While our jobs main goals are 1:1’s, family engagement, FAFSA, and college applications, something that I have had great success with at Ashe is going into classes and giving presentations - in all grade levels. It was not hard for me to get close to practically the whole faculty and staff, and they have all been so welcoming to me and are invested in their students success. Because of this, I have been able to reach a lot of students, to help promote a college going culture. And honestly, for the students that have no interest in attending college - they still like learning about all of the different options out there. In my short 3 months at the school, I have learned that there is a pretty good spread of college/community college bound students, students that plan to enlist in the military, and people that want to stay and work in their community. Students are eager to learn how they can take steps to make their future plans pan out, no matter what their choices may be. Ms. Burgess said, “Baylee is extremely personable, kind, organized, hard-working, logical, reliable and intelligent. All of these qualities are necessary to be an effective college adviser. I have no doubt that her students find her extremely approachable (+ very fun!) and constantly seek her out for help. Not only students, but I am sure that her teacher-colleagues have no problem giving up precious class time because they trust that the information and value that she is providing her students is crucial for their future success.”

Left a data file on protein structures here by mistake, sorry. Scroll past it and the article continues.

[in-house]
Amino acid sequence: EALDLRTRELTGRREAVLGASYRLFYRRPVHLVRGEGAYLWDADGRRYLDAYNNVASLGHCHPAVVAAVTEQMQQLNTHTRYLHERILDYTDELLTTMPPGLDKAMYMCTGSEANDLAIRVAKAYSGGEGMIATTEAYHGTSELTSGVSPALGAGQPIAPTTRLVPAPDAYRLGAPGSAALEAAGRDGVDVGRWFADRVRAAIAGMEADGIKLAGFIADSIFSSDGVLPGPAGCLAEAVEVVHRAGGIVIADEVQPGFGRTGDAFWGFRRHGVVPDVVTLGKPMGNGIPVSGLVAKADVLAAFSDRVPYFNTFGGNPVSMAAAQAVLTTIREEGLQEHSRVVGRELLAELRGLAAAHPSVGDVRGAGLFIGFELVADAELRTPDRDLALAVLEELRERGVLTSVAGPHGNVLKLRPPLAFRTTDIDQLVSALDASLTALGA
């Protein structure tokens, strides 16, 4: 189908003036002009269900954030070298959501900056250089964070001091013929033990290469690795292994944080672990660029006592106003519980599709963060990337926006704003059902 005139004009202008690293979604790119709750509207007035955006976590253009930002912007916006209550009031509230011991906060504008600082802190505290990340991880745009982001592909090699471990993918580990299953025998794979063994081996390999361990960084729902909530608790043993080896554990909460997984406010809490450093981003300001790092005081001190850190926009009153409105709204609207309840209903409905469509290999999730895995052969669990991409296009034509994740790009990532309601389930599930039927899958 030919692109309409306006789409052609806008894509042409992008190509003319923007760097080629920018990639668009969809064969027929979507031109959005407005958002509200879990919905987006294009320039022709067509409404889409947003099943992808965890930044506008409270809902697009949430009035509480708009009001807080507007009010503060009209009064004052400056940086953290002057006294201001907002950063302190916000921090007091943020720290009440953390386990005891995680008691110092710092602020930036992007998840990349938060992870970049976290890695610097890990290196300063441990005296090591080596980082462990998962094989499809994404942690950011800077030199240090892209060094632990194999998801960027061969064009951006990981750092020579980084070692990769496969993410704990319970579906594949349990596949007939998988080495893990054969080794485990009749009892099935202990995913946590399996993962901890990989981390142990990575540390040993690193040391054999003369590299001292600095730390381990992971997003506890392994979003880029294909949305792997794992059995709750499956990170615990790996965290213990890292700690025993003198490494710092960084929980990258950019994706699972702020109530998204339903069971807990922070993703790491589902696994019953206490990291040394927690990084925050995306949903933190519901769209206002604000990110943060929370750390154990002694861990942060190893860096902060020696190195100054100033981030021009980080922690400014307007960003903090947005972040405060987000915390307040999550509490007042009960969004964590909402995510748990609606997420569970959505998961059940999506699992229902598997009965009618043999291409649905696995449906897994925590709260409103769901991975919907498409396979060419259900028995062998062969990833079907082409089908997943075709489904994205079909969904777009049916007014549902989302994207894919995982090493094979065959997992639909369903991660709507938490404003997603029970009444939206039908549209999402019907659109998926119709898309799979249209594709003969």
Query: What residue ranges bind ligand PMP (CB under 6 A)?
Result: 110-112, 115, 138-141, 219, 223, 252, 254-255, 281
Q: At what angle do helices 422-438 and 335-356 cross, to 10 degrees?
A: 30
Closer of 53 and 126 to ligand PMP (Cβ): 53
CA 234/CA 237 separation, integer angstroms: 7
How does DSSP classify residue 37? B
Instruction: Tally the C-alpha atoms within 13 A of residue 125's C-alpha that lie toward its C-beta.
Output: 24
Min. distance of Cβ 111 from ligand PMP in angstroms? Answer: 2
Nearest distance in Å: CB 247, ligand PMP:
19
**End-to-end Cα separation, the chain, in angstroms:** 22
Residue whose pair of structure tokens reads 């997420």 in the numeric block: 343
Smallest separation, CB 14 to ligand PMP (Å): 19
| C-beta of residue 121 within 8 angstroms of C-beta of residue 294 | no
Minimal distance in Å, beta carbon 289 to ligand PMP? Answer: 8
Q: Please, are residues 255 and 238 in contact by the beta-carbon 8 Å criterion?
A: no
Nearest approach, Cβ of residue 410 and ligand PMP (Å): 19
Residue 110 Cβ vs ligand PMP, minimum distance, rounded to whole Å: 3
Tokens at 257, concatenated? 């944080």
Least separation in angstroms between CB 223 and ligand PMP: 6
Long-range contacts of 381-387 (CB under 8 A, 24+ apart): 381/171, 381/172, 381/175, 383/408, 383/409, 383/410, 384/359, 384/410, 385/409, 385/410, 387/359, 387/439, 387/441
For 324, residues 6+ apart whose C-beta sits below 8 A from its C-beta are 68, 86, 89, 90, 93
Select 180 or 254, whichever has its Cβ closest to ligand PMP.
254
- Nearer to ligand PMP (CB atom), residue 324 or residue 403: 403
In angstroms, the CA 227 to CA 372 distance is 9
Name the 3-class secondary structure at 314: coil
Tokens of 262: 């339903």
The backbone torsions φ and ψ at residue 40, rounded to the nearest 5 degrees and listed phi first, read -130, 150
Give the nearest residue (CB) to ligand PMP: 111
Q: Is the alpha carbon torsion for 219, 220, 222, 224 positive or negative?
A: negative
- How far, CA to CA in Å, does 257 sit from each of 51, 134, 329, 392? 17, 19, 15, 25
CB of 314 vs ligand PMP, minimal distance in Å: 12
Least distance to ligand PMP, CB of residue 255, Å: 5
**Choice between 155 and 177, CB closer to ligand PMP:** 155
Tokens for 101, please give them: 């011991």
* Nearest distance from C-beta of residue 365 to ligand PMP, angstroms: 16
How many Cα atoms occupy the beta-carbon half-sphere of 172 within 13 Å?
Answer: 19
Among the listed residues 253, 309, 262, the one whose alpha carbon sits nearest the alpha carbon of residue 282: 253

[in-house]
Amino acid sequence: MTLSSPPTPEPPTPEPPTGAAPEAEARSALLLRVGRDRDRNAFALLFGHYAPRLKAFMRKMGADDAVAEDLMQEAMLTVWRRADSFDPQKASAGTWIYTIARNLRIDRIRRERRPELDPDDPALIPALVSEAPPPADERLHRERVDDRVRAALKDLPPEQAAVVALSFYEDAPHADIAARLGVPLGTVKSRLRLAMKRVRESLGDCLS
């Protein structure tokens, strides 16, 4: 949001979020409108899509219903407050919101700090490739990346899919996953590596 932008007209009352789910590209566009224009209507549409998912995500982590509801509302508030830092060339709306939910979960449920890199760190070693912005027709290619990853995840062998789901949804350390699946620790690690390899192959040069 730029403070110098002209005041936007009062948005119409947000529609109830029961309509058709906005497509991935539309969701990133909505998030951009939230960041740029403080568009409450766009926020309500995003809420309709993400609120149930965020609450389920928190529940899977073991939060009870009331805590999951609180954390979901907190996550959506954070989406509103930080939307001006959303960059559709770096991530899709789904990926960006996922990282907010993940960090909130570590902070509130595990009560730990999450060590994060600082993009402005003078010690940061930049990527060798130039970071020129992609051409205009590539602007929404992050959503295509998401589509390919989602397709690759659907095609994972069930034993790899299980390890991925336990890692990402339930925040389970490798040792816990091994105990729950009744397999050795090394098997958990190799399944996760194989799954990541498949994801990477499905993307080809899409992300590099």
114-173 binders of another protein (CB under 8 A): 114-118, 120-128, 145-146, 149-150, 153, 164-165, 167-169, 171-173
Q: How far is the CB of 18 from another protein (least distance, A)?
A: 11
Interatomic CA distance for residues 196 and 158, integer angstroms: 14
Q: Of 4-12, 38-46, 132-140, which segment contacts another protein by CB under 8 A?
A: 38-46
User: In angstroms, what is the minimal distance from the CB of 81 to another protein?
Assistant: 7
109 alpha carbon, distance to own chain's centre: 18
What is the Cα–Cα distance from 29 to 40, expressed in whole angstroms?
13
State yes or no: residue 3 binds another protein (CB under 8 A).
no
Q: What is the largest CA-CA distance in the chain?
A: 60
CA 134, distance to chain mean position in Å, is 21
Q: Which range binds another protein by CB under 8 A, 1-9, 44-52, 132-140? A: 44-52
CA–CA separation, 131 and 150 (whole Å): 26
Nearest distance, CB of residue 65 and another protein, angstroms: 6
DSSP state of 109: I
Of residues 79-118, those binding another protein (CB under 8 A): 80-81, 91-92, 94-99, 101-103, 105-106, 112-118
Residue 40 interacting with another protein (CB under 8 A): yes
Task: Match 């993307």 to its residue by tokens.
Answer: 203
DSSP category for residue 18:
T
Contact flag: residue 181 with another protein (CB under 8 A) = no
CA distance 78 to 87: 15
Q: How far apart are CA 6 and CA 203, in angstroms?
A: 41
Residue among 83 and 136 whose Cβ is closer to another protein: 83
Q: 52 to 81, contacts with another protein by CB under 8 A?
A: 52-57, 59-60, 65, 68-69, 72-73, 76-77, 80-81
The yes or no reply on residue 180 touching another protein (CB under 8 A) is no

When I share with students that I grew up in an area almost exactly the same, that gains their trust even more. They know that I understand where they are coming from, and I can meet them where they are. They really do trust me, and I can see the passion in their eyes. There are students that are applying to 9 different universities just to keep their options open; students that plan to continue to run their families tree farms and possibly pursue education later in life; students that are so burnt out from school and COVID that they just want to work for a local business after graduating; and students that plan to attend community college to give themselves a bit more time to figure out what they want to do with their lives. Even if those plans change, as most of us know, they do. But there is one constant - these students have a plan. This is the College Advising Corps goal as a whole, to help students have a postsecondary plan after high school. The relationships come naturally, and students look to me for guidance through these stages in their life. They trust me, just as I trusted, and still do, Ms. Burgess from Carolina CAC.
Pictured above: Baylee with a group of seniors she is currently serving at Ashe County High in West Jefferson, NC.
Pictured below: Baylee and Laura at CECHS annual Decision Day celebration for 5th years, May 2018.
*Perspective written by Ashe County Adviser Baylee Smith